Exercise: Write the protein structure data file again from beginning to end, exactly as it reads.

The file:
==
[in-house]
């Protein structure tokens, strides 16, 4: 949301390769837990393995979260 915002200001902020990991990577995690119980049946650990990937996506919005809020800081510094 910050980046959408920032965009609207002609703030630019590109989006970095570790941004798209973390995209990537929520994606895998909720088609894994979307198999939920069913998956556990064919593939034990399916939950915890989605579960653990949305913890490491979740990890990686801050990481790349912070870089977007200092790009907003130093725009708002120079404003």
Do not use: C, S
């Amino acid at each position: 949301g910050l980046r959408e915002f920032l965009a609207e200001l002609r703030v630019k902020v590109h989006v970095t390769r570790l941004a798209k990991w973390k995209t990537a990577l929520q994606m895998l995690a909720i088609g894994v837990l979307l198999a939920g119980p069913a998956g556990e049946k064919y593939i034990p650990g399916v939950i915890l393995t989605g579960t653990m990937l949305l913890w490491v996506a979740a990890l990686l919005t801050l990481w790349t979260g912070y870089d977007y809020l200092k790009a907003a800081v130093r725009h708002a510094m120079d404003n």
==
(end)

[in-house]
């Protein structure tokens, strides 16, 4: 949301390769837990393995979260 915002200001902020990991990577995690119980049946650990990937996506919005809020800081510094 910050980046959408920032965009609207002609703030630019590109989006970095570790941004798209973390995209990537929520994606895998909720088609894994979307198999939920069913998956556990064919593939034990399916939950915890989605579960653990949305913890490491979740990890990686801050990481790349912070870089977007200092790009907003130093725009708002120079404003």
Do not use: C, S
């Amino acid at each position: 949301g910050l980046r959408e915002f920032l965009a609207e200001l002609r703030v630019k902020v590109h989006v970095t390769r570790l941004a798209k990991w973390k995209t990537a990577l929520q994606m895998l995690a909720i088609g894994v837990l979307l198999a939920g119980p069913a998956g556990e049946k064919y593939i034990p650990g399916v939950i915890l393995t989605g579960t653990m990937l949305l913890w490491v996506a979740a990890l990686l919005t801050l990481w790349t979260g912070y870089d977007y809020l200092k790009a907003a800081v130093r725009h708002a510094m120079d404003n």